Chennai’s connection to a US $3B “business”

yogena chittasya padena vAchAM |
malaM sharIrasya cha vaidyakena ||
yoapAkarottaM pravaraM munInAM |
patanjaliM prAnjalirAnatoasmi ||

I bow to the sage Patanjali, who cured the imperfections of the mind through yoga,
the imperfections of speech through grammar and the imperfections of the body through medicine.

This is the prayer that is chanted at the beginning of Yoga classes the world over. It was composed by the famous Sanskrit poet Bhartruhari in praise of Sage Patanjali who codified Ashtanga Yoga (the eight-fold path of Yoga) and made it simple for common folks to practise and benefit therefrom. What has been practised for thousands of years as a physical exercise at the base level and as a life philosophy at the highest level, has not only spread its tentacles far and wide, but true to western orientation towards creating a market for anything under the sun, has also been made into a $3B commercial industry in the US for products and services, with patents and IP to boot.

So, what is Chennai’s connection to this $3B industry? On some flight among the numerous in a month coming into Madras, it is likely that there is at least one non-Indian, who may be making what he/she may characterize as a personal spiritual journey or an exploratory trip to get cured of some physical or mental condition thru Yoga and the place they are headed to in all probability is this. The man who was the source of inspiration for the institution started by his son and who lived to a full 100 years was the famous T. Krishnamacharya, who, while having never set foot outside India himself, yet made waves abroad indirectly thru his nephew B.K.S. Iyengar, whose Iyengar School of Yoga is well-known.

Krishnamacharya’s son, T.K.V. Desikachar, who is himself a popular proponent of Yoga, continues the tradition of his father in taking the holistic message of Yoga to the masses. Yoga and its principles as well as practices don’t belong to any one to claim as their own and hopefully the Indian government will prevail on this issue. Yoga is also universal and is neither restricted in its practice to any class of people nor makes it requisite to belong to a particular faith, while bestowing its benefits equally to anyone practising it diligently. However it needs a good teacher to begin with and is best practised under expert guidance initially. To think that such a Guru lived in this part of the world and left behind his legacy in the form of a world-famous institution devoted to Yoga, right in the heart of this wonderful city, is a source of great pride to every true Chennai-lover.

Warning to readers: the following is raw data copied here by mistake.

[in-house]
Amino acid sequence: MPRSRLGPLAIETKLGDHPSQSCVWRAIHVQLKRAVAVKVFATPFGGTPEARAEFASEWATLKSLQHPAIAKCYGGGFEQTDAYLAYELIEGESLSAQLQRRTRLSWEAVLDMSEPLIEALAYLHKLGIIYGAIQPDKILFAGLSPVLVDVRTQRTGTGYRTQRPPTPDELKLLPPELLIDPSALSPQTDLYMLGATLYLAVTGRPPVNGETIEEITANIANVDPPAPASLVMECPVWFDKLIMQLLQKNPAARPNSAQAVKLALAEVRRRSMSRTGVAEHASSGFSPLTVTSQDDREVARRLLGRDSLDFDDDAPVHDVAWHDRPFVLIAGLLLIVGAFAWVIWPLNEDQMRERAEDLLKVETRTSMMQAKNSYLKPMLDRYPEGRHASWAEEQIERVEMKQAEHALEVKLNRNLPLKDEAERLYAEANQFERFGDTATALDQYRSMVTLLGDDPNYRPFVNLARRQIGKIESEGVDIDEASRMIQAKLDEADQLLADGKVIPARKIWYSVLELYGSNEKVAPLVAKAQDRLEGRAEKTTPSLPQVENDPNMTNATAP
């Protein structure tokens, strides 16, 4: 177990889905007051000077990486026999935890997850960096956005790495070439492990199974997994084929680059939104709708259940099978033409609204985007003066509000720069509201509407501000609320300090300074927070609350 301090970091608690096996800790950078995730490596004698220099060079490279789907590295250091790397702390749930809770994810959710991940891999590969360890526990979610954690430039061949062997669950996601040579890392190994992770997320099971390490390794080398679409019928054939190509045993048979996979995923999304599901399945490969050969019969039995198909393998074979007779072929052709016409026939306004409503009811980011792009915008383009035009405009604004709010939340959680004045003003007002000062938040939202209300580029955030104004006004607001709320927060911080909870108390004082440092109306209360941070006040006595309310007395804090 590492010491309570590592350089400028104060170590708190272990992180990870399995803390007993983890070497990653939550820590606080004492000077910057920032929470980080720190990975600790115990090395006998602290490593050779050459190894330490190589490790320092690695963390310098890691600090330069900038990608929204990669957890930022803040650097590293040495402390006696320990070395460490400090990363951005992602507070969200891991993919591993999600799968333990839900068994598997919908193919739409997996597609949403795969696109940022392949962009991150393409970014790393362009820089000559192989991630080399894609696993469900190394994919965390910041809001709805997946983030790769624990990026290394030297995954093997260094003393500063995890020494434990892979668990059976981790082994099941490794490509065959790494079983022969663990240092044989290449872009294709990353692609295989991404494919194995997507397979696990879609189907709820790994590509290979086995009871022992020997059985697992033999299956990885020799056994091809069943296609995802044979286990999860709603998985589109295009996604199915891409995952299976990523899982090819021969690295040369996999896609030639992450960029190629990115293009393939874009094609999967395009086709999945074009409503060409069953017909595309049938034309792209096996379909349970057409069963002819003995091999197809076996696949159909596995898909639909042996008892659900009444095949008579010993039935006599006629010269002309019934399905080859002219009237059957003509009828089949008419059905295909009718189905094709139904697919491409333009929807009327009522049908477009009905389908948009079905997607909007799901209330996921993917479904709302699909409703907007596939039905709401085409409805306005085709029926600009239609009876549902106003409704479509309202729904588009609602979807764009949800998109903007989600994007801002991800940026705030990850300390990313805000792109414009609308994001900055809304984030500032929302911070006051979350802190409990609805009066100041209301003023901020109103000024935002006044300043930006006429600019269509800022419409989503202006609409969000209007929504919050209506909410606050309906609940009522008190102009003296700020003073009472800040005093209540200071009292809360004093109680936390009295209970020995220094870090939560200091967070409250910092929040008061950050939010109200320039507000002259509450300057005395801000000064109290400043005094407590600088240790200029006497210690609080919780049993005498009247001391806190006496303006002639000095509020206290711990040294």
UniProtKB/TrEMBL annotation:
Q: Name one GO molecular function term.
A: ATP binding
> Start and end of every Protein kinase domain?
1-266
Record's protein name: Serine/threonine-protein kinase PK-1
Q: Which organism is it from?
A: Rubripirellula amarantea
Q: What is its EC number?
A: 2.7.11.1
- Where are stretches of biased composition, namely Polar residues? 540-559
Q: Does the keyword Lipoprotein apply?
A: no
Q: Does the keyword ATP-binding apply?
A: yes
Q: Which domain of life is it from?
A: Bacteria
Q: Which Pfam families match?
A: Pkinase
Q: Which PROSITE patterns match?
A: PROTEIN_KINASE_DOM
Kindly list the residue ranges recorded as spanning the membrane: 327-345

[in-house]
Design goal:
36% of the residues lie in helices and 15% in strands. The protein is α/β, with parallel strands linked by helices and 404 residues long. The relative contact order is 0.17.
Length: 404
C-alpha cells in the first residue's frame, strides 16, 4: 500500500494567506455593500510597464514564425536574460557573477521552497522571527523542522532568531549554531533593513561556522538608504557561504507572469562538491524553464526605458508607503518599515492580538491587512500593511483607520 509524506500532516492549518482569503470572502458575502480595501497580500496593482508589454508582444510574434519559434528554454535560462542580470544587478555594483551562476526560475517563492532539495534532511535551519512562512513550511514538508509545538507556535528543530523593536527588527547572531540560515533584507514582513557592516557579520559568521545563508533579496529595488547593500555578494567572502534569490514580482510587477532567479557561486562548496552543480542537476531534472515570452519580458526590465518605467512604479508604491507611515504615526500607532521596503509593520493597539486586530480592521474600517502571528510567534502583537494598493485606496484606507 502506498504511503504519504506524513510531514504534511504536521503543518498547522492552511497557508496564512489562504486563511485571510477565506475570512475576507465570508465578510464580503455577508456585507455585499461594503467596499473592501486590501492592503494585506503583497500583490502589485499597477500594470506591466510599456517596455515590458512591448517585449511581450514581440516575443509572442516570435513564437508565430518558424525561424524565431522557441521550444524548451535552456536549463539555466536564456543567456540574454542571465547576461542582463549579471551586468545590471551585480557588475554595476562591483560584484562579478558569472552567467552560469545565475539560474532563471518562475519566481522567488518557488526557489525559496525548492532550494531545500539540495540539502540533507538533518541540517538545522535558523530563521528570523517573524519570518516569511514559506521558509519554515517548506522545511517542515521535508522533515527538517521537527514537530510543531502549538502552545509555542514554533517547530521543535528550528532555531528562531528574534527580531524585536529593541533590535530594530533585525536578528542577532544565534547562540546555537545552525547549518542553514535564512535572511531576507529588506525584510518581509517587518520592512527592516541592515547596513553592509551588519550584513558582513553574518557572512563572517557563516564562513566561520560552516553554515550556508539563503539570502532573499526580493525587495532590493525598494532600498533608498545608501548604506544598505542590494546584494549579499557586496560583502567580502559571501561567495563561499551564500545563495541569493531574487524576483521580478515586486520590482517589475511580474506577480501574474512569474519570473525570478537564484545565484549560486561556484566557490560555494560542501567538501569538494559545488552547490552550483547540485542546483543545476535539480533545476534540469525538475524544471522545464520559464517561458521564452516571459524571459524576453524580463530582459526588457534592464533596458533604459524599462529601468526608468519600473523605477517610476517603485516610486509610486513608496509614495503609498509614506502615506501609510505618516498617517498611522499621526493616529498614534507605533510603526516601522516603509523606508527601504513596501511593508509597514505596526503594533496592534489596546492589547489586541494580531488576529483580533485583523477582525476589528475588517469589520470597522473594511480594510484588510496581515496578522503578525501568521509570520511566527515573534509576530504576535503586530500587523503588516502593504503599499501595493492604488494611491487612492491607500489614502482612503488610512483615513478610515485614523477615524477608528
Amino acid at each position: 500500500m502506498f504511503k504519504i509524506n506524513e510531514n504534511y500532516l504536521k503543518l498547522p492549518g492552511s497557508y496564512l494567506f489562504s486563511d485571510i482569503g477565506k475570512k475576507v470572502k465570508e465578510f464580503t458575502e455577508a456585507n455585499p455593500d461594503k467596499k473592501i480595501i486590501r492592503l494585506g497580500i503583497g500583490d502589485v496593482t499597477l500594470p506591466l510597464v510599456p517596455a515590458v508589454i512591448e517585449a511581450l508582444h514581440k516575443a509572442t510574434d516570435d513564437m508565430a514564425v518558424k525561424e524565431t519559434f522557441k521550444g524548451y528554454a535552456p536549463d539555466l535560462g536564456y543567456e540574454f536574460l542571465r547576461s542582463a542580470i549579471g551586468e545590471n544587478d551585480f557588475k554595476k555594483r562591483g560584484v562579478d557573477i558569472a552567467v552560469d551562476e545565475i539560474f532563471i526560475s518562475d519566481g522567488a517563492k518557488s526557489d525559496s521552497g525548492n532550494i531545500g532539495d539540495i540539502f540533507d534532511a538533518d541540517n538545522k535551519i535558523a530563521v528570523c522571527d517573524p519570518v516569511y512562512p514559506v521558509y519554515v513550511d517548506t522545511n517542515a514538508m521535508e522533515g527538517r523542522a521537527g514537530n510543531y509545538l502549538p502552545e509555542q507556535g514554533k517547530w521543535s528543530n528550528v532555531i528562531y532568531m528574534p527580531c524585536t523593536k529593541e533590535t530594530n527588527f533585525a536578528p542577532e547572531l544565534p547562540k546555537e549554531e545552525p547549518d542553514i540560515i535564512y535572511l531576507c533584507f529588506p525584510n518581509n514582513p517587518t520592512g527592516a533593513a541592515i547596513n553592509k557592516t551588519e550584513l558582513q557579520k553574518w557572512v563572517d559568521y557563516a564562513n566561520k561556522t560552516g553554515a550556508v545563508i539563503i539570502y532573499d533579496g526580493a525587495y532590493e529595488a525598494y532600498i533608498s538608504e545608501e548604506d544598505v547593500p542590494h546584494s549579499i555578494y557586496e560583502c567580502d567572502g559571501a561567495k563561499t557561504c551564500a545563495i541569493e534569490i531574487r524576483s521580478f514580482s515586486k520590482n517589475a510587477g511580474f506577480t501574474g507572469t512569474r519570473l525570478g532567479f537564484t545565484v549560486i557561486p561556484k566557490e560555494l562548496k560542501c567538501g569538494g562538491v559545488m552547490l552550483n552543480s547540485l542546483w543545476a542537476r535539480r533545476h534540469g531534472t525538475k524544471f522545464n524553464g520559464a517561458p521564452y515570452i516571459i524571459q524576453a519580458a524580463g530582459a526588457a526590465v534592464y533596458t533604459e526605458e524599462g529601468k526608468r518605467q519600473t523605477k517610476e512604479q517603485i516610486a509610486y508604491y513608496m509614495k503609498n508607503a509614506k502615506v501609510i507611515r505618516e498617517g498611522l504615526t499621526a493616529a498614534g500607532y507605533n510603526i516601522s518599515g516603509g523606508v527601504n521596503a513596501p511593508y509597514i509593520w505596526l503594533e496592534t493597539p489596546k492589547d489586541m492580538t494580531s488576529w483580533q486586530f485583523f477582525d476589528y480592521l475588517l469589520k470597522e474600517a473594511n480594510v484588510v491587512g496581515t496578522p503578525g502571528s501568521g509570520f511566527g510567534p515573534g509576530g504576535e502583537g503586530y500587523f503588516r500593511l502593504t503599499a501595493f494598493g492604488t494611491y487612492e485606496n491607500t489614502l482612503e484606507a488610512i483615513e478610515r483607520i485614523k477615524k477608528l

1 Comment so far

  1. Kokki_jacobus (unregistered) on May 29th, 2007 @ 8:37 am

    Well, as much as I’d love to believe that there are people heading to Madras for yoga, it is widely acknowledged that Mysore is THE place foreigners head to for learning yoga. Check out this article –
    http://www.outlookindia.com/full.asp?fname=Yoga%20(F)&fodname=20060116&sid=1\

    That Kerala attracts tourists for Ayurveda is a known fact – most of these resorts also have ‘crash’ sessions in yoga that the residents can avail of. So while our city does have a connection to this ‘business’, its share is still pretty low.



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